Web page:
spiced beef matzo pie

we've just returned from a fantastic few days spent in florida for my youngest cousin's bat mitzvah, which, like all bat mitzvahs, made me want to go to wayyy more bat mitzvahs (and maybe have my own 90s-themed one someday?). because the parties are just like weddings but with many more mozzarella sticks, less mushy emotions, and tons of glow in the dark shit. and when done correctly, they have added bonuses like a t-shirt airbrushing station or sting-ray petting zoo. i'm not even kidding! this party last weekend was at the tampa aquarium and we were given the opportunity to engage in such things as eating a mini pizza with one hand and reaching into a sting ray tank with the other. then we did the hora and filled our bellies with sour patch kids and charleston chews. it was so great. 

after the bat mitzvah we drove our little red cozy coop rental car down to sarasota to stake out a place for retirement. and also because my friends george and sam were presenting a concert of reich and muhly and all of the music i adore, so we basked in the sweet sounds of that and then stayed in costume to party like college kids, eat fish around a bonfire, and ketchup with old friends (whose birthdays i still need to memorize...). during the day we walked over two bridges, past a baby dolphin, to the bookstore downtown where i bought brooklyn because i've been wanting to see the movie soo badly but it never came to our theater! so lame. so i guess i'm doing things the old fashioned way. although since the new season of house of cards is out i don't know that i'll have any units of free time leftover to read. 

other than that, now that we're back home i've been hurry scurrying quick like a bunny to meet the photo deadline for my book because it is right around the corner. today was soup and cake day, tomorrow is casserole and more cake day, and next week we are staging a holiday a party! good thing the chrismukkah bush is still up... uhh, hehe, oops...

and because soup day and casserole day just weren't enough, we also have pi day on monday! yayyy! *applies stretchy pants* pi day is great because it allows me to reminisce on all of my fun mathlete years back in the day, but it can also be intimidating because i'm quite clumsy with pie dough. i am no michelle or samantha or yossy. and probably have no place living on a farm in this regard. but! i recently learned about mina, which is a passover pie with sephardic roots that uses matzo instead of pie dough. it's often layered, like a lasagna, with lamb or beef or vegetables. but in zahav it's made in a round pie pan and then flipped onto a plate. i loved the look of that so i took that route as well. i also love what mike solomonov says in his headnotes, about how tasty it is when the fatty juices from the meat soak into the matzo. the result kind of makes me think of what a beef fatty ritz cracker would taste like if such a thing existed.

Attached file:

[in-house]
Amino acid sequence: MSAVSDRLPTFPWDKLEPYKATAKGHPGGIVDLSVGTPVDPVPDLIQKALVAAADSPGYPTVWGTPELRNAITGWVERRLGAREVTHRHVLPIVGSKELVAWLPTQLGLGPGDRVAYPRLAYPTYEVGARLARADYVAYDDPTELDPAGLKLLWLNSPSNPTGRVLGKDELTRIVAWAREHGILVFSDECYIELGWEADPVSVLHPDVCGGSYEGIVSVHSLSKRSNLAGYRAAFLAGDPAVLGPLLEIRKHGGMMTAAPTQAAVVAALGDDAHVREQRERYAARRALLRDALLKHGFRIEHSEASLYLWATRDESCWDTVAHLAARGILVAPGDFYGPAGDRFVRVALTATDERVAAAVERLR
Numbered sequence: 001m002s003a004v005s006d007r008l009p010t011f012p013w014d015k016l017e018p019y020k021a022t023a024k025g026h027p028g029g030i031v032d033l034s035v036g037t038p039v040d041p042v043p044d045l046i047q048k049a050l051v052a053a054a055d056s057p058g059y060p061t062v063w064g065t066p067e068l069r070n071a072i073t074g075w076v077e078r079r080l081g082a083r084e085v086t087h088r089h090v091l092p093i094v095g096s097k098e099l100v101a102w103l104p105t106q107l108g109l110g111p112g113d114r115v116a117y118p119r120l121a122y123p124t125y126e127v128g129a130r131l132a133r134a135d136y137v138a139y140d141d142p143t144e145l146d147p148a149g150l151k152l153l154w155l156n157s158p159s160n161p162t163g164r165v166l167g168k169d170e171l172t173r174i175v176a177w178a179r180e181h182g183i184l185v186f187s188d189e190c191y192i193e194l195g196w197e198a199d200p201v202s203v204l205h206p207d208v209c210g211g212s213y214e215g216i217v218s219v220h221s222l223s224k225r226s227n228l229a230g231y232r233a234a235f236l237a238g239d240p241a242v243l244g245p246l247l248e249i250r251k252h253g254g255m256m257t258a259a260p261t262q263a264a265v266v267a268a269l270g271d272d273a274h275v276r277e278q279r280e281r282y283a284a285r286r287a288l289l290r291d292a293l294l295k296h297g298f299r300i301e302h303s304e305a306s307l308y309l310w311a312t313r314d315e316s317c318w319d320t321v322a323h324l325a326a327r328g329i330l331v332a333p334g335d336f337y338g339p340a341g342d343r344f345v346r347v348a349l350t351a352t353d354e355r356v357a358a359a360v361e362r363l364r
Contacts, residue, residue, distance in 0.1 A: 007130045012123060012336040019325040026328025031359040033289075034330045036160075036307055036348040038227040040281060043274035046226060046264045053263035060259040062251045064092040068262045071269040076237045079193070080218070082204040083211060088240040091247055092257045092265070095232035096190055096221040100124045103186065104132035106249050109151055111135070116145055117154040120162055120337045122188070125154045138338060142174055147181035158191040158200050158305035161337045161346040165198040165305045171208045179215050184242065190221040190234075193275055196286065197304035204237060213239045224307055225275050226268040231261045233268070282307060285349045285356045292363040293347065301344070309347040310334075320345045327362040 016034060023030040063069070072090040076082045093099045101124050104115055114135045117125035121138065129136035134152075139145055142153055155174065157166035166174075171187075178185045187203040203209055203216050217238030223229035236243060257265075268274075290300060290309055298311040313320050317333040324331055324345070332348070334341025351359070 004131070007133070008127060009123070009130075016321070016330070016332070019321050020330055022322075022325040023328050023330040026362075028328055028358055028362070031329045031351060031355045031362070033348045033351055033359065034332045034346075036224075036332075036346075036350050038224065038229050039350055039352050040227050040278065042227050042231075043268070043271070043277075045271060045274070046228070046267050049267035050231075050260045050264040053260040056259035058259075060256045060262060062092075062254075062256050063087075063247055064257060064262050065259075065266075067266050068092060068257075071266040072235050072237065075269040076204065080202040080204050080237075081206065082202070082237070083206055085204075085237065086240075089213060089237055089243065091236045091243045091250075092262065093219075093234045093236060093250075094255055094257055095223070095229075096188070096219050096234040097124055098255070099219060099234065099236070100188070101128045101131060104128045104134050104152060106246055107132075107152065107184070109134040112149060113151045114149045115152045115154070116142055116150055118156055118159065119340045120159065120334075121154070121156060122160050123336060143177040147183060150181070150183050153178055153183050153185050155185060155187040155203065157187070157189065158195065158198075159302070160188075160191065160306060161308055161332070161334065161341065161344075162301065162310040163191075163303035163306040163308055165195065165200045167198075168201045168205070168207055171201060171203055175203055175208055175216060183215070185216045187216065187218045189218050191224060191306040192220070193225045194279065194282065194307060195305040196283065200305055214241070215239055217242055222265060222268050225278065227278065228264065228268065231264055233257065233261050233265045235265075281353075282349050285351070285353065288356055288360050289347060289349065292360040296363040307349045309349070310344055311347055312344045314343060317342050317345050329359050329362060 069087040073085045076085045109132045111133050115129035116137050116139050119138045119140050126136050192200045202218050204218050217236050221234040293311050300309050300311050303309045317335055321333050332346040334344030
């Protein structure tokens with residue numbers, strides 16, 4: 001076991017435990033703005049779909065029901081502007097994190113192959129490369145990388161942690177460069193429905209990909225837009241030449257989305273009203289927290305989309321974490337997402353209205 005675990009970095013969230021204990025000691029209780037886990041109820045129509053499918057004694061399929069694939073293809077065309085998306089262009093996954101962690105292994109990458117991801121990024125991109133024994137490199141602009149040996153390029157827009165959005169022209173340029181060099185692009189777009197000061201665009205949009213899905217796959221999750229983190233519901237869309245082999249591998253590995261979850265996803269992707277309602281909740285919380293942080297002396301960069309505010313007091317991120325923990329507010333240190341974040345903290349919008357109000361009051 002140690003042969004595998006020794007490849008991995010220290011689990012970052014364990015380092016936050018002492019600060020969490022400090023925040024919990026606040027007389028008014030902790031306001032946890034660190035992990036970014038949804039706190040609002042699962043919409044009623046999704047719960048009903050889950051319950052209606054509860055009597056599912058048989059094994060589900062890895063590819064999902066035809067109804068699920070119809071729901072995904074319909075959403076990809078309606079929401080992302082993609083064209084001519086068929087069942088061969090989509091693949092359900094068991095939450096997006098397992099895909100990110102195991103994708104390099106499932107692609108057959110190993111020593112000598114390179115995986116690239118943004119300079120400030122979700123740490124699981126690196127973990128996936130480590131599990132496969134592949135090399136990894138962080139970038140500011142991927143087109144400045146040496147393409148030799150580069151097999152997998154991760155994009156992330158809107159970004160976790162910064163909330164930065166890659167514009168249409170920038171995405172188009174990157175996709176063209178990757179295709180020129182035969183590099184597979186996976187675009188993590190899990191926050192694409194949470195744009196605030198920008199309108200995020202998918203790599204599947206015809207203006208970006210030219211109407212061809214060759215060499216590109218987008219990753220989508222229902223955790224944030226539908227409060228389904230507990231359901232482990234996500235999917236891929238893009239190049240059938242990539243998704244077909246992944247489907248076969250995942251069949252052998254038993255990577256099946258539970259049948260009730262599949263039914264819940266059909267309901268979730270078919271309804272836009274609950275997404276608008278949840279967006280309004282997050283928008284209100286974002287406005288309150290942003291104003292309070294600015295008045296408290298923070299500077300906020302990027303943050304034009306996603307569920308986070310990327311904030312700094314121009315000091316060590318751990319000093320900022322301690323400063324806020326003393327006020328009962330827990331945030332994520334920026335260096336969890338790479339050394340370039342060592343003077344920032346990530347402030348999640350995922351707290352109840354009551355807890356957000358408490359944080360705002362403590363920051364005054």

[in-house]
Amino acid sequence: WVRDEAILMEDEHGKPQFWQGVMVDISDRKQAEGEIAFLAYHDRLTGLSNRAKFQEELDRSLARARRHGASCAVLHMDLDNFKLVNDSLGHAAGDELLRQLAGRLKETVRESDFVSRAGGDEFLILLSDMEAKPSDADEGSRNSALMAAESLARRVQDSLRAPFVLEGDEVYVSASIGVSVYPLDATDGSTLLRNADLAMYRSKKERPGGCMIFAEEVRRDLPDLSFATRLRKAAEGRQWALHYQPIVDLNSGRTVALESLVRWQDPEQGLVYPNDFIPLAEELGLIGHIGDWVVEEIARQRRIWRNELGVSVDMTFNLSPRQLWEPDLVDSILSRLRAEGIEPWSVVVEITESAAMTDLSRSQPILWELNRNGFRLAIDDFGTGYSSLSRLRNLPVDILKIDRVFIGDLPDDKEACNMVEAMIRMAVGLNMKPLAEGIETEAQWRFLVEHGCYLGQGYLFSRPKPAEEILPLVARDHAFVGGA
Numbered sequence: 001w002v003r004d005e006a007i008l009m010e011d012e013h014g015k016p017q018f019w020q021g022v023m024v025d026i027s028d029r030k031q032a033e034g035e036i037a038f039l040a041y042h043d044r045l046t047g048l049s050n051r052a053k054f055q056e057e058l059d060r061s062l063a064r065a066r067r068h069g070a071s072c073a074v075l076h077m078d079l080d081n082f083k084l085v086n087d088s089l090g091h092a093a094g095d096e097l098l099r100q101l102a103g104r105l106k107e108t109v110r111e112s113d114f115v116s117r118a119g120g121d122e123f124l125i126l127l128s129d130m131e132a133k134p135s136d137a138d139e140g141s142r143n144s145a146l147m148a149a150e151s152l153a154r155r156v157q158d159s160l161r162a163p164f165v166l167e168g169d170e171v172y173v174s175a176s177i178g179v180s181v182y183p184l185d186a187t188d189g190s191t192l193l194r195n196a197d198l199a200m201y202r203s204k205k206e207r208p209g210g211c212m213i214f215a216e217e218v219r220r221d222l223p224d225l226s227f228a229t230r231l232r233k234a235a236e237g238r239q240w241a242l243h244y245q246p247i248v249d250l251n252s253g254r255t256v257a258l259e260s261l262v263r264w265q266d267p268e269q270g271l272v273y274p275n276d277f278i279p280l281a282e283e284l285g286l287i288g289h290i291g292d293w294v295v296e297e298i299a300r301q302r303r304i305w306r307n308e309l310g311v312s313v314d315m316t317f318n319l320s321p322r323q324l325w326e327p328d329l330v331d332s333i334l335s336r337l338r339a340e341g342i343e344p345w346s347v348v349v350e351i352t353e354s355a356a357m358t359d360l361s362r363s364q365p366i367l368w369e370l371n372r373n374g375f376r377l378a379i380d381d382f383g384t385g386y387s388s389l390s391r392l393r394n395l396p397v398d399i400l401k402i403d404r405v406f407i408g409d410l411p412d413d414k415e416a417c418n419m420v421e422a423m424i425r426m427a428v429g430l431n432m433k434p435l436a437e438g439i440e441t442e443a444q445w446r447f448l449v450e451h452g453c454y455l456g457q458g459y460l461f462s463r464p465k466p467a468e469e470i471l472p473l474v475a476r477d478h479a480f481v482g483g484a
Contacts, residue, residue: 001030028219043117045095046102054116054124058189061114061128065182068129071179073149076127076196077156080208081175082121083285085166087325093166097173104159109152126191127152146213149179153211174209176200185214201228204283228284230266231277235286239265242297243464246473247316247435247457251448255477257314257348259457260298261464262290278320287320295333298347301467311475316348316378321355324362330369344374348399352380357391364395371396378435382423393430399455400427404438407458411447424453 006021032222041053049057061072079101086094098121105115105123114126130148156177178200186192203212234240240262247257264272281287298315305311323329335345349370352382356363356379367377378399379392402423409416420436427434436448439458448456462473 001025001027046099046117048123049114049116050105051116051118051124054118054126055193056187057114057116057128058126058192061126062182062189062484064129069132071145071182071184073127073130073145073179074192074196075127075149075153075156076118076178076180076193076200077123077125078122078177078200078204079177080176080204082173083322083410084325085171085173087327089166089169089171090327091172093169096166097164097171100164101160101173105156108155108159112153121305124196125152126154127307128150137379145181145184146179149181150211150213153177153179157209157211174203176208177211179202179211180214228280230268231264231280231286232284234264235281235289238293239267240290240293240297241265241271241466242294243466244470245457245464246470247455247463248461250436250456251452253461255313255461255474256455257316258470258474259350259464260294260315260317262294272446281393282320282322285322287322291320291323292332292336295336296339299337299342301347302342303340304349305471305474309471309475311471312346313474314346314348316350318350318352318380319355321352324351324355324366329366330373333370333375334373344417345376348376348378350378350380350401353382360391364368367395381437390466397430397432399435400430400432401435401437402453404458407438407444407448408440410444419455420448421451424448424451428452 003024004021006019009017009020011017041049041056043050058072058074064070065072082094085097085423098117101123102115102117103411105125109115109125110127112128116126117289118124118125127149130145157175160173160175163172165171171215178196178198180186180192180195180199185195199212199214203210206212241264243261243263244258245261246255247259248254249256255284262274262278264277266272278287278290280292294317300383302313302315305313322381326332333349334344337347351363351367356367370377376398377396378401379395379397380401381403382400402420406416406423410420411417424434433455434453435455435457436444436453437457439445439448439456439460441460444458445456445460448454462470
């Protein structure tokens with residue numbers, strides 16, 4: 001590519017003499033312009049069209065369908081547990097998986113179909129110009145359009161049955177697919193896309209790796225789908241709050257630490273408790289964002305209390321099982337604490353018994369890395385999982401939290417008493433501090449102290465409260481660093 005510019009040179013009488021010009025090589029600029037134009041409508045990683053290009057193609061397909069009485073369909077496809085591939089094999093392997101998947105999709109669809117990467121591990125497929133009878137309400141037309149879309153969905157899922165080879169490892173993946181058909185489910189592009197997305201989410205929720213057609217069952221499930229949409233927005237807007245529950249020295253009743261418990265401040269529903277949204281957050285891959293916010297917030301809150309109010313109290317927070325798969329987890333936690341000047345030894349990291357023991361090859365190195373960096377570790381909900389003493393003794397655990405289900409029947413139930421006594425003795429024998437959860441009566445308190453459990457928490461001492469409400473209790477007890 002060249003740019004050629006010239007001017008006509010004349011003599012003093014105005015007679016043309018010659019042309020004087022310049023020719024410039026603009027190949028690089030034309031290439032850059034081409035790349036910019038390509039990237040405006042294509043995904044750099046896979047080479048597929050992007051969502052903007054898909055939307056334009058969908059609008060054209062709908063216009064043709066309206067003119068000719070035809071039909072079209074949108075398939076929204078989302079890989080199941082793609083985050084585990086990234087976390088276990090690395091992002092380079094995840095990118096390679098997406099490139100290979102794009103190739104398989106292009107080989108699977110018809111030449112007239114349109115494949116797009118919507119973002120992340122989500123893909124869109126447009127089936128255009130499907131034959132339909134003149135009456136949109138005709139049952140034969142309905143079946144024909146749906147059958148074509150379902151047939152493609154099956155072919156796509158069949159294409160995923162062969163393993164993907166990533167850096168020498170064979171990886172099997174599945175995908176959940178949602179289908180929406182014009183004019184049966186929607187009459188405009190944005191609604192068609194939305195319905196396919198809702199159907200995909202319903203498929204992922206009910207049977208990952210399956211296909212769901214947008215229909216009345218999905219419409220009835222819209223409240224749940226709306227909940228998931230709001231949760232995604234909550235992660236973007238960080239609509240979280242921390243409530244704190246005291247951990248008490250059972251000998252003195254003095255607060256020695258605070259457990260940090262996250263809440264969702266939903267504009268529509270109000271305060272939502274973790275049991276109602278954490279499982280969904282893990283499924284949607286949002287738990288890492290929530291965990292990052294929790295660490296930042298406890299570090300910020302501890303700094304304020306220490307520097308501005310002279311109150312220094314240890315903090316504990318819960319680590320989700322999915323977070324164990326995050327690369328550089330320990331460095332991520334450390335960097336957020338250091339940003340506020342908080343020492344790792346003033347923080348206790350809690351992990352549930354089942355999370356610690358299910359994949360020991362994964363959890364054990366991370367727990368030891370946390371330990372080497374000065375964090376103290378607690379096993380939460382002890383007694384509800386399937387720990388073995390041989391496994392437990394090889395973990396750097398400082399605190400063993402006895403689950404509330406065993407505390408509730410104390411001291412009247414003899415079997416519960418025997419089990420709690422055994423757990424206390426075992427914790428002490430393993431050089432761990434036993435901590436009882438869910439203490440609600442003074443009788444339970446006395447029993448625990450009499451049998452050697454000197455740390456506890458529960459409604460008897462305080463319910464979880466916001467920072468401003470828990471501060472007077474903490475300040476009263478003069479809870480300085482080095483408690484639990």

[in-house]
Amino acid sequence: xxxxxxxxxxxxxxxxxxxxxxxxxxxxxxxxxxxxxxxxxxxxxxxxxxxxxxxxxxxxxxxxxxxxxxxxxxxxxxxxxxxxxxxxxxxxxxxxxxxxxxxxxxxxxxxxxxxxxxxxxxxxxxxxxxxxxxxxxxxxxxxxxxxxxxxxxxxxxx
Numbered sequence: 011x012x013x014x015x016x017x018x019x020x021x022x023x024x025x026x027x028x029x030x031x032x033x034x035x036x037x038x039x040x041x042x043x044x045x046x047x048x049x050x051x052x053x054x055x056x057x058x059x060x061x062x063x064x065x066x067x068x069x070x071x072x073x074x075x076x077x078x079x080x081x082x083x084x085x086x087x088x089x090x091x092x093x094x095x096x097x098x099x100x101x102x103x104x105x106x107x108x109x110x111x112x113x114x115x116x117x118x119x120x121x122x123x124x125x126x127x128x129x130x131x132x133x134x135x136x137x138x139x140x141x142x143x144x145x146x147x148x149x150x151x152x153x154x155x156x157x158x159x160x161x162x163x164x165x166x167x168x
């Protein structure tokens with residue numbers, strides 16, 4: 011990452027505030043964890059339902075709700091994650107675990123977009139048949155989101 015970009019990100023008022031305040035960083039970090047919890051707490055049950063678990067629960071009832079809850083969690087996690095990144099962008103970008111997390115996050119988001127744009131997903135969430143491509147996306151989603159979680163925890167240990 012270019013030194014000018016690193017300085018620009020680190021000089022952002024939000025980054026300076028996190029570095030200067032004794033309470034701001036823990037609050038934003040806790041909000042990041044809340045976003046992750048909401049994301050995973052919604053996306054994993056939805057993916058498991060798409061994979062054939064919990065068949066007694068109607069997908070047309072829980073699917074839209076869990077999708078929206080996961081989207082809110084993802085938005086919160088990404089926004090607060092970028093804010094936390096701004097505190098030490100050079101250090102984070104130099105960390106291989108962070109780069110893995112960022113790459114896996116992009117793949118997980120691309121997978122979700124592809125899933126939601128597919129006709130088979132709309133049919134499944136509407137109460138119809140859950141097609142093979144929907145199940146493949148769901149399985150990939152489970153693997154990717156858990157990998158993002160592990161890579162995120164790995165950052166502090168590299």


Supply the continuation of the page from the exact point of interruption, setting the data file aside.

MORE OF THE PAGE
the filling here is spiced with a bunch of cinnamon and cumin and will make your house smell better than thanksgiving. it's pretty rich so you'll be glad it's wrapped in matzo and not pie dough, and, with passover right around the corner, you officially have two great reasons to make this. so go on, flag down the matzo truck 🚚 πŸšš πŸšš πŸšš πŸšš!!!! 

spiced beef matzo pie

makes one 8-inch pie


2 tablespoons flavorless oil
1 large onion, finely chopped
2 carrots, finely chopped
Kosher salt
1 pound ground beef
1 teaspoon Aleppo pepper
2 teaspoons ground cinnamon
2 1/2 teaspoons cumin
1/4 teaspoon allspice
Black pepper

5-6 sheets matzo
egg wash: 1 egg lightly beaten with a splash of water
Fresh parsley or micro greens, for serving




Preheat the oven to 400ΒΊF. In a large skillet, heat the oil over medium high heat and add the onion, carrots, and a pinch of salt. Cook, stirring, until soft and translucent, 5-7 minutes. Add the beef and sprinkle it with the Aleppo pepper, cinnamon, cumin, allspice, 1 teaspoon salt, and a few turns of black pepper and cook, breaking up the beef with a spoon or spatula, until it is fully cooked and no longer pink. Taste and adjust seasonings as desired. 

Grease an 8” cake pan and set it aside. Soak the matzo in warm water for a few minutes until it has softened. Line the bottom and sides of the cake pan with the matzo pieces, breaking it up as needed and packing it down firmly. It will look a little rustic and that’s ok. Use a paper towel to blot away excess moisture once the matzo is in the pan and then pour in the beef mixture and pack it down firmly. Cover the top with soaked matzo, pressing the edges to seal, and then brush it with a healthy coating of egg wash. Bake until browned, about 30 minutes. Let cool in the pan on a rack for 10 minutes and then invert onto a plate. Top with parsley or micro greens and serve. 


pictured: plates, cheese stone, and linens from farmhouse pottery